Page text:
Good afternoon, readers. This is Sy.
Here at Brainstorm Health Daily, we home in on the latest technological innovations in medicine—the stuff of sci-fi, like gene editing, implantable medicines, digital apps that can be used to treat disease, and other, well, awesome stuff of that ilk.
But sometimes, in the midst of all the coolness, it’s possible to gloss over the old-school, low-tech things that can make a practical difference in public health and the culture of medicine itself—including in as pervasive and challenging a scourge as the opioid addiction and overdose epidemic.
Case in point: A new study from researchers and doctors at USC, the Scripps Mercy Hospital in San Diego, and the Department of the Medical Examiner-Coroner of Los Angeles County found that the most basic of techniques—a good, old-fashioned letter—can make a dent in the way that physicians prescribe addictive opioids.
“A simple letter, supportive in tone, to inform clinicians of a scheduled drug harm to their patient resulted in fewer subsequent opioids dispensed by those clinicians,” wrote the study authors, adding that, so far, “traditional state regulatory approaches to limiting opioid prescribing have not achieved great success.”
Admittedly, the overall effect of these letters, highly personal missives from the families of opioid victims, were modest. But by no means were they negligible, according to the study. In fact, doctors informed of patient deaths through these personal communications were 7% less likely to prescribe opioids for new patients, and less likely to prescribe high-dose opioid painkillers, over the course of the next three months compared to those who didn’t. It may not sound like much, but in the midst of a scourge claiming tens of thousands of lives every year, the public health effect isn’t something to be easily brushed aside.
Read on for the day’s news.
Health care breaches stem from repeat offenders. Healthcare IT News reports a striking statistic: of the 142 health care data breaches in the second quarter of 2018, a full 30% were perpetrated by repeat offenders. “If an individual healthcare employee breaches patient privacy once, there is a greater than 30 percent chance that they will do so again in three months’ time, and a greater than 66 percent chance they will do so again in a years’ time,” wrote the authors of the latest Protenus Breach Barometer report. (Healthcare IT News)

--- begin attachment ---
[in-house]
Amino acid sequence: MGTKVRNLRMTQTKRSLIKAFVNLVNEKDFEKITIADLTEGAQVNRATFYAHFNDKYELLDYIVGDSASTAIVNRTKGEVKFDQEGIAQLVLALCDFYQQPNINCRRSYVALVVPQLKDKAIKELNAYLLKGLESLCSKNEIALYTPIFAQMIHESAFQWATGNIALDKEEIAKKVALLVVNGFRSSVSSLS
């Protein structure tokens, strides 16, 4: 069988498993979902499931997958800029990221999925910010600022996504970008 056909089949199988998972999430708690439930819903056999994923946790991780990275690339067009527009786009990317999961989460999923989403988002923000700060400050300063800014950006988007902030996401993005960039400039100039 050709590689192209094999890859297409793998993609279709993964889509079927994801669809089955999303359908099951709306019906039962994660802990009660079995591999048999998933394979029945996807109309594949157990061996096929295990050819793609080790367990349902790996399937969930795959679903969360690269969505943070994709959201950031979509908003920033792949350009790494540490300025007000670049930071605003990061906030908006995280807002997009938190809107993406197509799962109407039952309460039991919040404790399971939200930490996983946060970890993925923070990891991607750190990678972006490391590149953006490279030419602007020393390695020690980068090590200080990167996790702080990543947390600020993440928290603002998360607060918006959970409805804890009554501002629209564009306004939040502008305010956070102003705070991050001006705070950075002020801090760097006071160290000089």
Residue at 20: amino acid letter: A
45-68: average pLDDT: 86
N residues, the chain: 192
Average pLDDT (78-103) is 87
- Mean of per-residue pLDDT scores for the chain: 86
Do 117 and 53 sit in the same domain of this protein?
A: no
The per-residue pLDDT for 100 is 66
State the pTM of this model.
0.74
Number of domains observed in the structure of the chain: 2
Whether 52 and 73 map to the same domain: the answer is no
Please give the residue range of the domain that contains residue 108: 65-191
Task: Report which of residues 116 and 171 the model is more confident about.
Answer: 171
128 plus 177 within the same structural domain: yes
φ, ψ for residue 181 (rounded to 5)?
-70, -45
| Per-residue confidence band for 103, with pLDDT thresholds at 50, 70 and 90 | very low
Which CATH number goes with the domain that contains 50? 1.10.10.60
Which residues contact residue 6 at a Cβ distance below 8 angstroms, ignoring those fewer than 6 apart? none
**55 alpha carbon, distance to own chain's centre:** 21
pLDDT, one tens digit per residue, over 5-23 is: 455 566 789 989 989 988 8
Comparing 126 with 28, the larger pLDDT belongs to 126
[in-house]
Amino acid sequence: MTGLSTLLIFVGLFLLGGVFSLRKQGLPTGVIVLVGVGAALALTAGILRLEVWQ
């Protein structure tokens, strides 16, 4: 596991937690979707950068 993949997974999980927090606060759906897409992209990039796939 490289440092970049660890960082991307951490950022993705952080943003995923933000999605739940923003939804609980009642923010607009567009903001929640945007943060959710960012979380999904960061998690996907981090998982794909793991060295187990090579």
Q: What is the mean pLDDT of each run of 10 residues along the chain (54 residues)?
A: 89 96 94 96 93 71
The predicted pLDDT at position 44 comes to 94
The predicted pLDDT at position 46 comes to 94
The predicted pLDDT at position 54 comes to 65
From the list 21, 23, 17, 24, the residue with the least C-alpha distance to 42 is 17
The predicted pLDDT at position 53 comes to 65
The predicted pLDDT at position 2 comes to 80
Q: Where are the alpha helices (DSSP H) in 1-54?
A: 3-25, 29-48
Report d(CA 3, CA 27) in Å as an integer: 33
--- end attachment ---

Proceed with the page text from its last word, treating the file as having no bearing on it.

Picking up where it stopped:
DOJ joins lawsuit against Suboxone marketers. The Department of Justice has joined a number of whistleblower lawsuits against Indivior Plc and Reckitt Benckiser Group, claiming that the pharma companies employed deceptive marketing practices in an attempt to sell the opioid addiction drug Suboxone. The British firms have reportedly already set aside money in preparation for settling the disputes; in response to the new DOJ action, Indivior said: "We have been cooperating with the DOJ in its investigation for several years, and we remain in advanced discussions about a possible resolution that would render any suit by the department unnecessary." (Reuters)
THE BIG PICTURE
Boxers or briefs? Ah, the age old question... Boxers, or briefs? A new study is fueling the debate, albeit with a slight twist: Might boxers be better for men's sperm counts? There's some controversy over the research published in the journal Human Reproduction, which found lower sperm counts in those who wear tighter underwear. Ultimately, things may boil down to a question of, uh, body heat. But critics say that much larger studies would be needed to definitively come to a conclusion about underwear choice and its effect on sperm count. (NPR)
The Major U.S. News Sites Blocked in the EU, by Renae Reints
41% of Americans Say They Won't Ever Invest in Crypto, by Lucinda Shen
Commentary: The U.S. Funds Most of the World's Drug Research. Here's How Trump Can End That, by Charles Boustany
Facebook's Traffic Is Down Nearly 50% in 2 Years, by Don Reisinger
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